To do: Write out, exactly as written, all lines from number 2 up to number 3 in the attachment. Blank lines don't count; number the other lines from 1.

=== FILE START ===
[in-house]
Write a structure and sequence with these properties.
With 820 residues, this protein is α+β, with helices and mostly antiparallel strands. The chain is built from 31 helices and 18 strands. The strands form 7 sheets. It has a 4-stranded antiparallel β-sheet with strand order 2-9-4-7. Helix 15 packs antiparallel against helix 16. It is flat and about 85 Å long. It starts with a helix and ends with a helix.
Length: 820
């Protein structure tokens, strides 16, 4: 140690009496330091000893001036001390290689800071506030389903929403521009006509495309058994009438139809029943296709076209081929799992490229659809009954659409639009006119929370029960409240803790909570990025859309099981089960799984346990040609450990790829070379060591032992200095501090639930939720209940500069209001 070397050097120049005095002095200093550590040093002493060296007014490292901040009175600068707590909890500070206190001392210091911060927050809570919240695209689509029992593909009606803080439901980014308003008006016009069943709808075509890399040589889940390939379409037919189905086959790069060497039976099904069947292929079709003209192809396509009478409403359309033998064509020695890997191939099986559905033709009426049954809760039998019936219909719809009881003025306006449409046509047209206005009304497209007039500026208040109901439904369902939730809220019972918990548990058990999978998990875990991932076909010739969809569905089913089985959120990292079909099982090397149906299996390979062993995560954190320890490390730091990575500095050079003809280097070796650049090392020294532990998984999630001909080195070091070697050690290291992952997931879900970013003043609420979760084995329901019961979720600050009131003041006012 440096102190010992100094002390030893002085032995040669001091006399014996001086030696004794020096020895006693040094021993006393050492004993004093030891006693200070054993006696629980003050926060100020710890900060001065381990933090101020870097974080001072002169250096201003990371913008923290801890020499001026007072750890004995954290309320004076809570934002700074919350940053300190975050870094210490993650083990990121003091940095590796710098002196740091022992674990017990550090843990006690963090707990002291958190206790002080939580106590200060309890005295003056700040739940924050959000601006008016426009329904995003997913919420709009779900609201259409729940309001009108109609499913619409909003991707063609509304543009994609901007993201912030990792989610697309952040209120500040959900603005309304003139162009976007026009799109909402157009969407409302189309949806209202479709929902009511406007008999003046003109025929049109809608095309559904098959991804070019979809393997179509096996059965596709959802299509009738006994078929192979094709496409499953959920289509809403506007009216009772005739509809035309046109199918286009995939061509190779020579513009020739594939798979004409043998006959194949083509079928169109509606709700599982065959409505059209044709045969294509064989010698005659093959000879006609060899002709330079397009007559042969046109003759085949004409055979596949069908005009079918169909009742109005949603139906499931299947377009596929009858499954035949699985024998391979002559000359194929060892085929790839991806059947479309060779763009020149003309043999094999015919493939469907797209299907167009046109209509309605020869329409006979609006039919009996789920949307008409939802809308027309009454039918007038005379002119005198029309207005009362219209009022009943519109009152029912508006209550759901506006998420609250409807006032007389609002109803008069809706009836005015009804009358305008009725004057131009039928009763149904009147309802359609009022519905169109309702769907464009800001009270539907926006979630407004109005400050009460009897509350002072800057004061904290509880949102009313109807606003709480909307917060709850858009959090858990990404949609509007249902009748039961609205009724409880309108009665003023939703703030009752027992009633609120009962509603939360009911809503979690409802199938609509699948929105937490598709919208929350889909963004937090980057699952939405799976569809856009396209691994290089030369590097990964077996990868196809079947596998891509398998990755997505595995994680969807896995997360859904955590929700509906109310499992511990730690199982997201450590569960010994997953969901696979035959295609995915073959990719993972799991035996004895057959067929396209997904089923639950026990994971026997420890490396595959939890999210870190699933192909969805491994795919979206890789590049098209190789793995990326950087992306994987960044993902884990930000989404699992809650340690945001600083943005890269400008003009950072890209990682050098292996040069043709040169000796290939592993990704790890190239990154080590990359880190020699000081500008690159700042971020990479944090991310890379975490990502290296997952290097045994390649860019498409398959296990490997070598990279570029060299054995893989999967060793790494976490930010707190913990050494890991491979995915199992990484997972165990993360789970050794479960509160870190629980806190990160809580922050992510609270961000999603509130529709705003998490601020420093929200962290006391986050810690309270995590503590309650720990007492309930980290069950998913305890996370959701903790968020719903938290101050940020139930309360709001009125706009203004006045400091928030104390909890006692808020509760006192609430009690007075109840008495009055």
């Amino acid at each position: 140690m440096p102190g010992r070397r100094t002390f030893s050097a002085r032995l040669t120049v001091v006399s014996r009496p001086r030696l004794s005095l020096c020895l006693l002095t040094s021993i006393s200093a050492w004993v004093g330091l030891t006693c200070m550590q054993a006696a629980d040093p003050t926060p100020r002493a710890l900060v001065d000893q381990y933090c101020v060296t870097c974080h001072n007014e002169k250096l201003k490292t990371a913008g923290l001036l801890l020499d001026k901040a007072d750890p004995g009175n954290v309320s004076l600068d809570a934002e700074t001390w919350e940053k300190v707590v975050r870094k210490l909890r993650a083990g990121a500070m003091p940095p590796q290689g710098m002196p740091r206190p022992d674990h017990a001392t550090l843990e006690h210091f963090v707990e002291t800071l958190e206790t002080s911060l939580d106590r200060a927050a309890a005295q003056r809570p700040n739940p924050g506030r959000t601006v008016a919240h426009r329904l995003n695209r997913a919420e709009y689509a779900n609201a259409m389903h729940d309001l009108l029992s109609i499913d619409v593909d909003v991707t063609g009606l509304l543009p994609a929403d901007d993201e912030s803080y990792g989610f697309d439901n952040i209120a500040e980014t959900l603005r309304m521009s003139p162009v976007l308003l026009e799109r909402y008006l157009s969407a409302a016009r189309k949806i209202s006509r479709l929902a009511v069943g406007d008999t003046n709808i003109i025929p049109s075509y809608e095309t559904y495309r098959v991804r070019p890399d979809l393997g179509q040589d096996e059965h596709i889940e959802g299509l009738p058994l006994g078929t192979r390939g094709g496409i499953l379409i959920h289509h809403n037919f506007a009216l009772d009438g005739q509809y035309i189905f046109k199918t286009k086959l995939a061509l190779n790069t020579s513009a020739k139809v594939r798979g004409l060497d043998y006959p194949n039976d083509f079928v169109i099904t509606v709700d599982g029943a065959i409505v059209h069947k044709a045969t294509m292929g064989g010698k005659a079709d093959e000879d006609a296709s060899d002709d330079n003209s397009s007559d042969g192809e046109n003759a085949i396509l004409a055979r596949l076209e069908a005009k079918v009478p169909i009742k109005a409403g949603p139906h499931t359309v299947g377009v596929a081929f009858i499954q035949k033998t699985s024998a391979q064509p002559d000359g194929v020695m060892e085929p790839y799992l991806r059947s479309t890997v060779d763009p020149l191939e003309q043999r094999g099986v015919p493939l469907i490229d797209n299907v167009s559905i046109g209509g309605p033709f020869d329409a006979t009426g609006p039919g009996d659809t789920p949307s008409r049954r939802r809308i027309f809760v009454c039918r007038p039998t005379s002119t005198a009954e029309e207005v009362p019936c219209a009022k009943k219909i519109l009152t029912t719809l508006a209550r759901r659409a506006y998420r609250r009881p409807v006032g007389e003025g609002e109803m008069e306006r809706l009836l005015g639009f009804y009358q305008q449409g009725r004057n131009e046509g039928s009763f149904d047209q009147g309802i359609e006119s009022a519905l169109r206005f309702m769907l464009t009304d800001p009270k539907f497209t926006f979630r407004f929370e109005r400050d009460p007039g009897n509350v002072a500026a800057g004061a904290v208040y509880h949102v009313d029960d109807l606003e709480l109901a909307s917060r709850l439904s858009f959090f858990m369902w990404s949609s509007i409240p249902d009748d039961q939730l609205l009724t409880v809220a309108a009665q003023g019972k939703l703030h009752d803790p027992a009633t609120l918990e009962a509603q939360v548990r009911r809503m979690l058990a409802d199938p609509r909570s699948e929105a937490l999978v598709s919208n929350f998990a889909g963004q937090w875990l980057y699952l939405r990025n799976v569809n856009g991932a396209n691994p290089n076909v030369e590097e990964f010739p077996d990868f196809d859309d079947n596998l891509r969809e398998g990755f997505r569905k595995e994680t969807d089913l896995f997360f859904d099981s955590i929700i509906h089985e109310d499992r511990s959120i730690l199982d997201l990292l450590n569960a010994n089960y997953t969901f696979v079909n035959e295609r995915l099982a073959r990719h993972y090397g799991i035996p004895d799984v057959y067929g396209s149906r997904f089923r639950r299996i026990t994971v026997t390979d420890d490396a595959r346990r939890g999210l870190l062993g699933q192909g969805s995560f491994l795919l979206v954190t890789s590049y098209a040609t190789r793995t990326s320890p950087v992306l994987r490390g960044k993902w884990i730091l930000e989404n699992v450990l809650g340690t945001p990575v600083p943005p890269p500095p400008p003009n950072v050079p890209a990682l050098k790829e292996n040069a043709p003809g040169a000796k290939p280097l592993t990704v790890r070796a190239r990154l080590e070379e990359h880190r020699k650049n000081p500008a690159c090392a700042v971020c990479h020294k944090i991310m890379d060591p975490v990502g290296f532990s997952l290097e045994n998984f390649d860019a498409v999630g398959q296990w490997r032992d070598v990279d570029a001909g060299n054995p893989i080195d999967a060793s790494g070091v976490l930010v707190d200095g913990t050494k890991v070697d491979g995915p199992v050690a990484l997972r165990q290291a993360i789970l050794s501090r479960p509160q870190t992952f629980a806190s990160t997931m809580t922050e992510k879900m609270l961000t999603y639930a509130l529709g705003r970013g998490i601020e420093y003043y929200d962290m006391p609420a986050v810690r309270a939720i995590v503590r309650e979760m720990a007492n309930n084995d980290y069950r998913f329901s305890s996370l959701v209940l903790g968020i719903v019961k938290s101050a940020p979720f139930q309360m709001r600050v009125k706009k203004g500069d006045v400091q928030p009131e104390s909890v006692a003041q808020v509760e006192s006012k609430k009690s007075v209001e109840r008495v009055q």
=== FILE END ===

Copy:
Write a structure and sequence with these properties.
With 820 residues, this protein is α+β, with helices and mostly antiparallel strands. The chain is built from 31 helices and 18 strands. The strands form 7 sheets. It has a 4-stranded antiparallel β-sheet with strand order 2-9-4-7. Helix 15 packs antiparallel against helix 16. It is flat and about 85 Å long. It starts with a helix and ends with a helix.